The impact of the coronavirus on the UK's food supply chains will be tracked as part of a new study showing how the crisis has affected the journey from farm to plate.
Researchers will investigate the disruption caused by the Covid-19 pandemic for farmers, manufacturers, distributers and retailers.
Their work will help those in the food supply chain as they restructure rapidly, as well as inform government policy-making.
Representatives from industry bodies will share their experiences as part of the study, with findings disseminated as quickly as possible.
The research will show the impact of cafes and restaurants – which account for around a third of food supply in the UK - being shut and how suppliers have adapted.
Through surveys and interviews researchers will seek to find out how food supply chains have changed and what is preventing necessary changes. This could be staffing, transport, skills, capacity or market intelligence.
It is hoped the University of Exeter study will show the changes needed to make Britain’s food supply chain more efficient, and also fair for different types of producers. This could include regulation, investment and incentives.
Growing food sales in shops haven’t helped manufacturers who are part of specialist and fixed supply chains – for example producing milk for coffee shops.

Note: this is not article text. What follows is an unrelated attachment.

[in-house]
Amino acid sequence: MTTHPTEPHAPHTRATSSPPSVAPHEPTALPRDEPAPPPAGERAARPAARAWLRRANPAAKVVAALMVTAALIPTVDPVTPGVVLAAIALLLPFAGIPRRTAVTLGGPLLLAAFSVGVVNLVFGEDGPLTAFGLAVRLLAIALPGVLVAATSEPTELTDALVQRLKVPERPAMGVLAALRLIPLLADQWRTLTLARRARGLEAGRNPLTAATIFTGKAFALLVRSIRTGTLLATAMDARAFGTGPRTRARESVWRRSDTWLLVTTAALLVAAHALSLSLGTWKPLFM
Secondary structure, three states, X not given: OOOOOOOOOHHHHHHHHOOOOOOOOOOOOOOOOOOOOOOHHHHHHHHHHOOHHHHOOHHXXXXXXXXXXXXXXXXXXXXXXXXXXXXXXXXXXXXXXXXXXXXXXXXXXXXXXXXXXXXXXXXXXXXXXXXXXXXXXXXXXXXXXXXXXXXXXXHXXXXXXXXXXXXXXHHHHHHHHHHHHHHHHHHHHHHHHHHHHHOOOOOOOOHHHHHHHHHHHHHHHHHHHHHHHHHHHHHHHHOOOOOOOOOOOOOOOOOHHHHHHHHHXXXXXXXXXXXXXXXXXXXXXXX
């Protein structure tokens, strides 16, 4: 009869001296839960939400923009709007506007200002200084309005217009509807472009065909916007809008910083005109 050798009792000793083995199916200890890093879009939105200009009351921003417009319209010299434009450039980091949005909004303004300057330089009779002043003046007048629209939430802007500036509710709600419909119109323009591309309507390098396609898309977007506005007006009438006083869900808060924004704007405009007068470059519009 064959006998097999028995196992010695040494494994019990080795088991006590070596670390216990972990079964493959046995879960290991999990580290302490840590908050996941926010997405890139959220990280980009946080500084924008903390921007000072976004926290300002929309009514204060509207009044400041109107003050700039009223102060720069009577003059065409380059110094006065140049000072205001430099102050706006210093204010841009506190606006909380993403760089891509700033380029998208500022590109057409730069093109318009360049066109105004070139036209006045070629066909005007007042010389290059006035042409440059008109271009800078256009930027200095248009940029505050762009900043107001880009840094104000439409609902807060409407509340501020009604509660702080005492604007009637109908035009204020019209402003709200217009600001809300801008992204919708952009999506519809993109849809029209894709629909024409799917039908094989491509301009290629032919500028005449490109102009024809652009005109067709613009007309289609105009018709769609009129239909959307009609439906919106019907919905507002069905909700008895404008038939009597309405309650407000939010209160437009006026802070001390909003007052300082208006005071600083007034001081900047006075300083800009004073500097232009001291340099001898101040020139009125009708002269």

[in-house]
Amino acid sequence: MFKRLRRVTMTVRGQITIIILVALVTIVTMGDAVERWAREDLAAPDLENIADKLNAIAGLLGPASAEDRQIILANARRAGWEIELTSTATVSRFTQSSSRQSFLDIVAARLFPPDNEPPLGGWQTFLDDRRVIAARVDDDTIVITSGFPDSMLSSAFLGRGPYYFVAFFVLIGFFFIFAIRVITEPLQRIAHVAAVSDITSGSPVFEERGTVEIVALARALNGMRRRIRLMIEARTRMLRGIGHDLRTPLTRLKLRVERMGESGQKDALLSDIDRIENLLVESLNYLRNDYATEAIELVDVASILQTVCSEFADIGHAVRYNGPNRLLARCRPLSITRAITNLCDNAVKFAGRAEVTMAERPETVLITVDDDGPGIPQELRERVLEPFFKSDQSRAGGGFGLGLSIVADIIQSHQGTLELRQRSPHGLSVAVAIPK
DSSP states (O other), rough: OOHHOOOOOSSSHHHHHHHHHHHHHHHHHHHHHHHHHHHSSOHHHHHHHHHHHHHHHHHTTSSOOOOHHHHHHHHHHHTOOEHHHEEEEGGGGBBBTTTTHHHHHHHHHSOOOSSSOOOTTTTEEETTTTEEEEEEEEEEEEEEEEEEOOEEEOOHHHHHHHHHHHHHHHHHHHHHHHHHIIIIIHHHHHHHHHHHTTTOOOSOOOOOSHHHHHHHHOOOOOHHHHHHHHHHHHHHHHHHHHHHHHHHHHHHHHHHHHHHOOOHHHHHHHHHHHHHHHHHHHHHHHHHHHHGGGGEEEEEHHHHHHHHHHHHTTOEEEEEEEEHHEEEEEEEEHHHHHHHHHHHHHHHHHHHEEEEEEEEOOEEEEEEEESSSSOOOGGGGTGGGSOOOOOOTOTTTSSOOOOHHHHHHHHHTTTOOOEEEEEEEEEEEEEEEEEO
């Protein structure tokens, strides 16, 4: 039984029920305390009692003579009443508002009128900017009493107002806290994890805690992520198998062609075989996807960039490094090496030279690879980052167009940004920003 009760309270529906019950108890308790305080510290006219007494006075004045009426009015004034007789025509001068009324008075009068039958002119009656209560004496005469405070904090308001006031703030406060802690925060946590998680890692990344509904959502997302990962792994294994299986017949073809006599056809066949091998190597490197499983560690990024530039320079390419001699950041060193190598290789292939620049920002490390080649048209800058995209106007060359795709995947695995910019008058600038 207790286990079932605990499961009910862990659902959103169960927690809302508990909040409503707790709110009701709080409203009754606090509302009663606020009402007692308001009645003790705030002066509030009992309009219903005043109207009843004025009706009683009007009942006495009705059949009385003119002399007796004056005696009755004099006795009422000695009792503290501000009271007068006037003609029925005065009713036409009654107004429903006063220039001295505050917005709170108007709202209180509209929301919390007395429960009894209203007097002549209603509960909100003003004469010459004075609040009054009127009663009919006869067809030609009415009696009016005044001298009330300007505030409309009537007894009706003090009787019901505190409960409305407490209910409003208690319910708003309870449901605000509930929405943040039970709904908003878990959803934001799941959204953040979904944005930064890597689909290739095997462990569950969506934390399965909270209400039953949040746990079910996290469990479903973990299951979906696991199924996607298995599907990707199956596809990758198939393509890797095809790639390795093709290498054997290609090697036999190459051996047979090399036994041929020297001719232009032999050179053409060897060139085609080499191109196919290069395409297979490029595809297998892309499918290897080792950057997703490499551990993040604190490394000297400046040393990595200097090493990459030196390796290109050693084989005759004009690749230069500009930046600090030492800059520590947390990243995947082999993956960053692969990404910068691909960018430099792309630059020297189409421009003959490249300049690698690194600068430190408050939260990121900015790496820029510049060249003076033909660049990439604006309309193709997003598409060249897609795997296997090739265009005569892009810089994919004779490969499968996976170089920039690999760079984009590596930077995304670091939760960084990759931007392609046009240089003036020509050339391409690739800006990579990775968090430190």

Even when lockdown ends the current crisis could have long-term implications, researchers predict.
The team will produce monthly bulletins showing their findings, and people can provide evidence for their work via the project’s website.
Professor Michael Winter, of the University of Exeter, said it is vital that in the coming months the nation's food supplies are secure and resilient.
“Efficient and well-functioning supply chains are often hidden to consumers, but they are essential to making sure we can purchase the food we need.
“To achieve resilience we need to know how the supply chain is adapting, and critically, what steps might be required to ensure food continues to reach shops and that there is fairness for food workers and consumers.
"We will hear from those in the middle of making these crucial decisions, not just retailers," Professor Winter said.